The Lost Chord
Heroism is the “lost chord”; the missing note of present-day Christianity!
Every true soldier is a hero! A soldier without heroism is a Chocolate Soldier! Who has not been stirred to scorn and mirth at the very thought of a Chocolate Soldier! In peace true soldiers are captive lions, fretting in their cages. War gives them their liberty and sends them, like boys bounding out of school, to obtain their heart’s desire—or perish in the attempt. Battle is the soldier’s vital breath! Peace turns him into a stooping asthmatic. War makes him a whole man again, and gives him the heart, strength, and vigor of a hero.
Every true Christian is a soldier—of Christ—a hero “par excellence”! Braver than the bravest—scorning the soft seductions of peace and her oft-repeated warnings against hardship, disease, danger, and death, whom he counts among his bosom friends.
The otherwise Christian is a Chocolate Christian! Dissolving in water and melting at the smell of fire. “Sweeties” they are! Bonbons, lollipops! Living their lives on a glass dish or in a cardboard box, each clad in his soft clothing, a little frilled white paper to preserve his dear little delicate constitution.
Here are some portraits of Chocolate Soldiers taken by the Lord Jesus Christ Himself.
“He… said, I go, sir: and went not” (Matthew 21:30); he said he would go to the heathen, but stuck fast to Christendom instead.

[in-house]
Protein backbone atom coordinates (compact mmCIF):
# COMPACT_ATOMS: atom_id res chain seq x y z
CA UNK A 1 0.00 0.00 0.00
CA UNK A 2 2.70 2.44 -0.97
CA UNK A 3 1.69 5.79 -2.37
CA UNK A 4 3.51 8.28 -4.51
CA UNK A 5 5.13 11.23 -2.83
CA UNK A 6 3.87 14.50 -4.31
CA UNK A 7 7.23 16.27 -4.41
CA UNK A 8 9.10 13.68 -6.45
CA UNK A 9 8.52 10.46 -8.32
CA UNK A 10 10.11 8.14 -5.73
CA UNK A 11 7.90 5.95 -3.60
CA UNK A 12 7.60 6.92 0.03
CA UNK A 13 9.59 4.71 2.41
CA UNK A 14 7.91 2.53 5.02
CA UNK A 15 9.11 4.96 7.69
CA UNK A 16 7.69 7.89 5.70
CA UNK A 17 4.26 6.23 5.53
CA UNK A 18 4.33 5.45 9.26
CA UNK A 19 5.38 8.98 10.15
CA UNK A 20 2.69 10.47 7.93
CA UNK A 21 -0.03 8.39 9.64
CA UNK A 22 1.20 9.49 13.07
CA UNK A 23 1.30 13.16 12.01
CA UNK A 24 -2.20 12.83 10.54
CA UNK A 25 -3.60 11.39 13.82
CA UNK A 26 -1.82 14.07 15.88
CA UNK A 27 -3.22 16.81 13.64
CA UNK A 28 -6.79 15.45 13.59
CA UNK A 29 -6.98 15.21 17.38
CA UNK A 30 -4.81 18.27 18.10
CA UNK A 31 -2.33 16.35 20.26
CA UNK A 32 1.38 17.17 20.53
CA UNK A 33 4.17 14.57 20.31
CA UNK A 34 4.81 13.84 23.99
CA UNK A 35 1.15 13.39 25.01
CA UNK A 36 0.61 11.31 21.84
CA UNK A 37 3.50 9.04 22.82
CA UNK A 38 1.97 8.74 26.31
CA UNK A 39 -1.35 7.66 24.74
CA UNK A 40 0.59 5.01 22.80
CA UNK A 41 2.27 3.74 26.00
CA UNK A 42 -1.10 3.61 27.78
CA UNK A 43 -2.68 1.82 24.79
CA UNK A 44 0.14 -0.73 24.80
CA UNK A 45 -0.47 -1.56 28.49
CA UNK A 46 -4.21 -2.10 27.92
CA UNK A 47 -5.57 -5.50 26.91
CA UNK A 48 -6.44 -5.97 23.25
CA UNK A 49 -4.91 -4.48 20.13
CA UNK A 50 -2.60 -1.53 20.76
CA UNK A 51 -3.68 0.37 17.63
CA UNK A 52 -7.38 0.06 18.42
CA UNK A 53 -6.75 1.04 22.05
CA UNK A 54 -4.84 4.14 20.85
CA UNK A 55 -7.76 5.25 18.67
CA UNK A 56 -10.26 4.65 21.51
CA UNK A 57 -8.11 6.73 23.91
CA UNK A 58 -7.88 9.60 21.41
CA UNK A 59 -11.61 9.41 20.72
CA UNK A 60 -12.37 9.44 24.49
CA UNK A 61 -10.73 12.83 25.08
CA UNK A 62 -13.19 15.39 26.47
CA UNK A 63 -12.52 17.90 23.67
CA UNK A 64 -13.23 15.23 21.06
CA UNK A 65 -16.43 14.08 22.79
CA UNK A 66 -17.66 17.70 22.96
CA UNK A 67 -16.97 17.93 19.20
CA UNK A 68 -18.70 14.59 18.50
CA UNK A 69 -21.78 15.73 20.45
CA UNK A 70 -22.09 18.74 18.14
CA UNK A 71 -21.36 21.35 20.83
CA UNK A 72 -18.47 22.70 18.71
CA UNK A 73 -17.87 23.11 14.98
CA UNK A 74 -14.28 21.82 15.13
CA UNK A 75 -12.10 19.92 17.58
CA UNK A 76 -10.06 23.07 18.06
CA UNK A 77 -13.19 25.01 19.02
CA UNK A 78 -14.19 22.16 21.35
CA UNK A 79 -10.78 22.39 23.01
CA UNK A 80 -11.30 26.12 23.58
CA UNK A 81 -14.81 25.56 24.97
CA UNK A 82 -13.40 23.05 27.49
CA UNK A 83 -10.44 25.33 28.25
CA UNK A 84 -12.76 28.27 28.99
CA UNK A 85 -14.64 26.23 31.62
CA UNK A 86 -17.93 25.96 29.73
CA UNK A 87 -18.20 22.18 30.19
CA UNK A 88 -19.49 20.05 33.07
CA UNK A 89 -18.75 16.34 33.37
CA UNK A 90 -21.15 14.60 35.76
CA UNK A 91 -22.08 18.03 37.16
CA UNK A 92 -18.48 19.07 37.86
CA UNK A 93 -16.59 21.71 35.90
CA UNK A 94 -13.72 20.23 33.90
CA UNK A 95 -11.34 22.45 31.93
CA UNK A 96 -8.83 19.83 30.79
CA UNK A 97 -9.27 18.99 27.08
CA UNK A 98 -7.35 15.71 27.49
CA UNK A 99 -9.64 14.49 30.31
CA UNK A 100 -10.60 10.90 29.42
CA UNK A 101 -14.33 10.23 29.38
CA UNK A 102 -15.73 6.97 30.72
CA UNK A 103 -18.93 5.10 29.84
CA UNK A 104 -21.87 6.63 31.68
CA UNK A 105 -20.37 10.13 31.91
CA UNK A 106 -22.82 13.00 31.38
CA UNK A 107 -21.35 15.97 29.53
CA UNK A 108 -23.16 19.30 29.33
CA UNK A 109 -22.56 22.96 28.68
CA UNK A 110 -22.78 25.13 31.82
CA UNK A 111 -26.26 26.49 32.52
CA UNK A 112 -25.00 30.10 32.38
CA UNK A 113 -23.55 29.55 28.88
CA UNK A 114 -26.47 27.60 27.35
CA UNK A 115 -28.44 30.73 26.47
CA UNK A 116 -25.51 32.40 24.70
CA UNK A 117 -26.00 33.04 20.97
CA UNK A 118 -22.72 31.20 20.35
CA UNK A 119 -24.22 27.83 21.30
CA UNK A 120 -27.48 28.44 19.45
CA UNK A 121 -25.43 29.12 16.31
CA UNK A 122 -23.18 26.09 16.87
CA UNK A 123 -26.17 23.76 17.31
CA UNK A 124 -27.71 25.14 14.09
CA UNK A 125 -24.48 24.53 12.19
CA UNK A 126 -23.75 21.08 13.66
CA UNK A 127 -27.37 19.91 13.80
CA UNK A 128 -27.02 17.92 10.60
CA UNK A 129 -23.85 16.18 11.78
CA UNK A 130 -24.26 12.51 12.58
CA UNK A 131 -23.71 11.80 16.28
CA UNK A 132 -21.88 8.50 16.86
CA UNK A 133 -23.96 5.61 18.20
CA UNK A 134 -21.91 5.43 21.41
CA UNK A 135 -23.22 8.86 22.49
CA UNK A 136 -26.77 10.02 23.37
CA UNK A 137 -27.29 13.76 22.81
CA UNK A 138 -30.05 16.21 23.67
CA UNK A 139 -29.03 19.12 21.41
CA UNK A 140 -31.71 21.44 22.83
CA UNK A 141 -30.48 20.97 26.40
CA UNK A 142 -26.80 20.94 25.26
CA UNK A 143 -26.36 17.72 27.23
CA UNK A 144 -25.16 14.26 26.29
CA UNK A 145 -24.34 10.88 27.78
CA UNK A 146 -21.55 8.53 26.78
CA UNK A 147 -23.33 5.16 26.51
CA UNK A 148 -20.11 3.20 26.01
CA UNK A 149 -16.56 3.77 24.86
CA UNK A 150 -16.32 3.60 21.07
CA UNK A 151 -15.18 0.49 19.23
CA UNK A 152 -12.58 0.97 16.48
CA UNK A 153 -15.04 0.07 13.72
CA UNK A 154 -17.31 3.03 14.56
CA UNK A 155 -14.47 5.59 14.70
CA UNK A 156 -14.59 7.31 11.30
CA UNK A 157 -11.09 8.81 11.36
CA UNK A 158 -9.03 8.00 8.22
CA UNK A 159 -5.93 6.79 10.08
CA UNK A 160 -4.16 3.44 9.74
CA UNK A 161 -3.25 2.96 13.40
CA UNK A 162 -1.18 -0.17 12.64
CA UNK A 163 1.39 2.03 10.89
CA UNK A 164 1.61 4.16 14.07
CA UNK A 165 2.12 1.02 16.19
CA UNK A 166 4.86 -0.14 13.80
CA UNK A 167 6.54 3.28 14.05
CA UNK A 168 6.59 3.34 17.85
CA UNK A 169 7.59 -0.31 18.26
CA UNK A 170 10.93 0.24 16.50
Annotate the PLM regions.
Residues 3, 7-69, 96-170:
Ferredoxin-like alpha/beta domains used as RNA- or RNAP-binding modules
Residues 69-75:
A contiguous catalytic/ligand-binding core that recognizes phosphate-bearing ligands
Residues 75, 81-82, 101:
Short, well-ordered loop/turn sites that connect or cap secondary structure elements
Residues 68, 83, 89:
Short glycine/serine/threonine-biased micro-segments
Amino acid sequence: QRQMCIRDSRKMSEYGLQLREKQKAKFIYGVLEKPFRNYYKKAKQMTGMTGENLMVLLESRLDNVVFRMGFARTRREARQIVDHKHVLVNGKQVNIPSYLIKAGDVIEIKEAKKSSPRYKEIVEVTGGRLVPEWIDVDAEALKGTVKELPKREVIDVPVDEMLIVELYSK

“They say, and do not” (Matthew 23:3)—they tell others to go, and yet do not go themselves. “Never,” said General Gordon to a corporal, as he himself jumped upon the parapet of a trench before Sevastopol to fix a gabion which the corporal had ordered a private to fix, and wouldn’t fix himself—“Never tell another man to do what you are afraid to do yourself.”
To the Chocolate Christian the very thought of war brings a violent attack of ague, while the call to battle always finds him with the palsy. “I really cannot move,” he says. “I only wish I could. But I can sing, and here are some of my favorite lines:
“I must be carried to the skies
On a flowery bed of ease,
Let others fight to win the prize,
Or sail through bloody seas.”
“Mark time, Christian heroes,
Never go to war;
Stop and mind the babies
Playing on the floor.
Wash and dress and feed them
Forty times a week,
Till they’re roly poly—
Puddings so to speak.
“Round and round the nursery
Let us ambulate
Sugar and spice and all that’s nice
Must be on our slate.”